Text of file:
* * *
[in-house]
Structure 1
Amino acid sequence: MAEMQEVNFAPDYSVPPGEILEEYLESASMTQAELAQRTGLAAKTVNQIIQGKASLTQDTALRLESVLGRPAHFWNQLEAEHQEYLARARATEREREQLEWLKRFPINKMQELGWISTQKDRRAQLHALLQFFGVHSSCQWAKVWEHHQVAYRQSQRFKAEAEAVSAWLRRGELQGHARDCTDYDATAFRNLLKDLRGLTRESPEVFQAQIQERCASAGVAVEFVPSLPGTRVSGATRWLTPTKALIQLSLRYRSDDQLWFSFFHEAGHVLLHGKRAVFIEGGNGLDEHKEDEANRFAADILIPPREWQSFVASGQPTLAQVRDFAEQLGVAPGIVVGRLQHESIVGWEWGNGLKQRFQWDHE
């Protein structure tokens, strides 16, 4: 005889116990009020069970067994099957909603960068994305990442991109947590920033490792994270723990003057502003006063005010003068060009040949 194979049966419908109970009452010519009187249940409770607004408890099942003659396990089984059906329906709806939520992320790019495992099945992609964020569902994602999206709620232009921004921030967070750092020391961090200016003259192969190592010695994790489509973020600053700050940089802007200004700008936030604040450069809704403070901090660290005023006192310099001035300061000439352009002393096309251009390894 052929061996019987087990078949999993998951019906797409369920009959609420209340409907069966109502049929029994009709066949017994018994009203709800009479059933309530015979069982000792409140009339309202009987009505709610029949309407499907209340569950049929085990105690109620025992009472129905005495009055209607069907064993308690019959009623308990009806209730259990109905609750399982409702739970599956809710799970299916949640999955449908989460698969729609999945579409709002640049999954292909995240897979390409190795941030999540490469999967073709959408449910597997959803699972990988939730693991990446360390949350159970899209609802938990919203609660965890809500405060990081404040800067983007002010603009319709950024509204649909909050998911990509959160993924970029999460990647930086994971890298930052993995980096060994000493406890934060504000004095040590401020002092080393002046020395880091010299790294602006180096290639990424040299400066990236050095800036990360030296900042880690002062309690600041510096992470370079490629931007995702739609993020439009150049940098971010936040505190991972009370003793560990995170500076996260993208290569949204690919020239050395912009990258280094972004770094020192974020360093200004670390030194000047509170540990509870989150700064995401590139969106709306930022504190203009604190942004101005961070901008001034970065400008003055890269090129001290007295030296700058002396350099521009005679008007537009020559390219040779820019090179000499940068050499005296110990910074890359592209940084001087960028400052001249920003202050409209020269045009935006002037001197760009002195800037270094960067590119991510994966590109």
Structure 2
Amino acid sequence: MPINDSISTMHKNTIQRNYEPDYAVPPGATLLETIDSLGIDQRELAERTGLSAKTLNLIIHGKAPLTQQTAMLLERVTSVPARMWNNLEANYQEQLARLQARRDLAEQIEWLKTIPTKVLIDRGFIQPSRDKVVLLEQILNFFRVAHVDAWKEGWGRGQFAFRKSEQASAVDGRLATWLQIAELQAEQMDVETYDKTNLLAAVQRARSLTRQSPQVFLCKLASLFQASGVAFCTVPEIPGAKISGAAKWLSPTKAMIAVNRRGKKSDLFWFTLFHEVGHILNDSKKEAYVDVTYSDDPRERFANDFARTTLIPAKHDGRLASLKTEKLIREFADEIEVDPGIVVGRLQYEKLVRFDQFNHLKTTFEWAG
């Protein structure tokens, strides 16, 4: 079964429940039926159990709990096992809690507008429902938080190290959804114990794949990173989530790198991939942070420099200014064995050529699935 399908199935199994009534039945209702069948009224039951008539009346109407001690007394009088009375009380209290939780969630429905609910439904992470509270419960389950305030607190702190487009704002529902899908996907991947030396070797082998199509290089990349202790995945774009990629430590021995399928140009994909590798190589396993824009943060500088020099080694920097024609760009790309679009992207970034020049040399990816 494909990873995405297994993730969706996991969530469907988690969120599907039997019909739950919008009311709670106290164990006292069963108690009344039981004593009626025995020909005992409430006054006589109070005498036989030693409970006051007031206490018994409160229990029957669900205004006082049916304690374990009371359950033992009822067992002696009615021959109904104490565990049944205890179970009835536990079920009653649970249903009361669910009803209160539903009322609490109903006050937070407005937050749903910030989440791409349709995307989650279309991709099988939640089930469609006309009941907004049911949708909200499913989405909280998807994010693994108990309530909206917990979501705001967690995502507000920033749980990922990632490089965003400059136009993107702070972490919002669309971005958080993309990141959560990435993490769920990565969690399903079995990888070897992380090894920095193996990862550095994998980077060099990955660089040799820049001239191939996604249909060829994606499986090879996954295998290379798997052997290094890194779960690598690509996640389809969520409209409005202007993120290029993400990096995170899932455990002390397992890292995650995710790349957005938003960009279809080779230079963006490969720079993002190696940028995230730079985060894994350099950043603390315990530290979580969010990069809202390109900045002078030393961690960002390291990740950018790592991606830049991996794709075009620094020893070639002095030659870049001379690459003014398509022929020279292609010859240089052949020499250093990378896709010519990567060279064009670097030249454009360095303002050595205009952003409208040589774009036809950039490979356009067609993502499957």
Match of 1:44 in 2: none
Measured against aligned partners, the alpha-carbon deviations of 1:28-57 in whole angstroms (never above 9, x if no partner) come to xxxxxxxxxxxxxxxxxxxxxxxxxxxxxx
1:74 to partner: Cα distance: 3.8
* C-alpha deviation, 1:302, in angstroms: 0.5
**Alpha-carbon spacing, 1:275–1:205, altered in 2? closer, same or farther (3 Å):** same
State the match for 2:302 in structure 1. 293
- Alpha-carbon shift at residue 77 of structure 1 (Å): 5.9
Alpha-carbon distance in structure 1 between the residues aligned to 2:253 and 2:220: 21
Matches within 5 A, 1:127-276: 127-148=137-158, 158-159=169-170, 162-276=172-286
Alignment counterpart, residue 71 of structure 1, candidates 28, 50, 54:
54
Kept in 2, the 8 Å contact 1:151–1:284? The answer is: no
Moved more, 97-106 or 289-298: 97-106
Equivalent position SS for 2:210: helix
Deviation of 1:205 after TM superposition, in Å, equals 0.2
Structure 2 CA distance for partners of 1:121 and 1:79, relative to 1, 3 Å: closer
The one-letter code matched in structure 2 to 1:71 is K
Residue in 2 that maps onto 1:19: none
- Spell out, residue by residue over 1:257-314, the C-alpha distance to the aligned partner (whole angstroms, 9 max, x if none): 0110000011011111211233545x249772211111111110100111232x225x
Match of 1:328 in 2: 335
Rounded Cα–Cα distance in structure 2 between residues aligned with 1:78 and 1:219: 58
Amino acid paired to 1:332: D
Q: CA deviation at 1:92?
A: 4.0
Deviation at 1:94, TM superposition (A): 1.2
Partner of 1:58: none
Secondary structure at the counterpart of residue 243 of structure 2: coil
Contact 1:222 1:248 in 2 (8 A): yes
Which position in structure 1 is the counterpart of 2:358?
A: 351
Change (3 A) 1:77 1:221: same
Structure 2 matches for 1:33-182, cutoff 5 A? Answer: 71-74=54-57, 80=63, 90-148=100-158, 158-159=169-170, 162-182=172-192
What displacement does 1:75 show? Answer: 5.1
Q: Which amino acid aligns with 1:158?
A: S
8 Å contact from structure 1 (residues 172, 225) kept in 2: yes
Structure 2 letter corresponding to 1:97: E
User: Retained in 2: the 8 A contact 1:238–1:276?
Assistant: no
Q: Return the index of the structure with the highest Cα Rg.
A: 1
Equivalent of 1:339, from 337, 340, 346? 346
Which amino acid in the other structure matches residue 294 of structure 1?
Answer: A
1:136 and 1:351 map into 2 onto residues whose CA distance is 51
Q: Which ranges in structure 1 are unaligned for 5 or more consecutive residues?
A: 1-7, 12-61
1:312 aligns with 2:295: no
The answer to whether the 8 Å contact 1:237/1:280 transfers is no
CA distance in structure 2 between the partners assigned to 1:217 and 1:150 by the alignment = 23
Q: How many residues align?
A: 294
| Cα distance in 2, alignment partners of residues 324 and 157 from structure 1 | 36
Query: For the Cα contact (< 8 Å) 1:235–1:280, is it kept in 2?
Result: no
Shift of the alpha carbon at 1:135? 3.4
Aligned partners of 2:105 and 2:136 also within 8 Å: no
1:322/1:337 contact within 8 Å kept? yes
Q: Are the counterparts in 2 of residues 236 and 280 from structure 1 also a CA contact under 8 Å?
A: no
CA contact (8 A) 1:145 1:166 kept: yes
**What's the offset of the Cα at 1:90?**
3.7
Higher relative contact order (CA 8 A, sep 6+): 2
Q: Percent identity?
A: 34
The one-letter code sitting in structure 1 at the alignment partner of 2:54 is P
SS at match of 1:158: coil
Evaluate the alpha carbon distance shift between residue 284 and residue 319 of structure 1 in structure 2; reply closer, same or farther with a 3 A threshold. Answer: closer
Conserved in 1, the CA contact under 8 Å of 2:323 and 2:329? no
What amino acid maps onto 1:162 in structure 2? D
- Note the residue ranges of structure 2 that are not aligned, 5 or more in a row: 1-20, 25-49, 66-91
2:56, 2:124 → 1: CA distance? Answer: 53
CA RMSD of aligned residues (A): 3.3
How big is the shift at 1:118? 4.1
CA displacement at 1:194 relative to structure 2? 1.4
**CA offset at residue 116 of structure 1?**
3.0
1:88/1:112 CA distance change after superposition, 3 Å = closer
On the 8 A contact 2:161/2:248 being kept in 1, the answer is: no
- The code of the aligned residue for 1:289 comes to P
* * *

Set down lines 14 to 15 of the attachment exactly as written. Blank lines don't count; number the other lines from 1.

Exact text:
- Alpha-carbon shift at residue 77 of structure 1 (Å): 5.9
Alpha-carbon distance in structure 1 between the residues aligned to 2:253 and 2:220: 21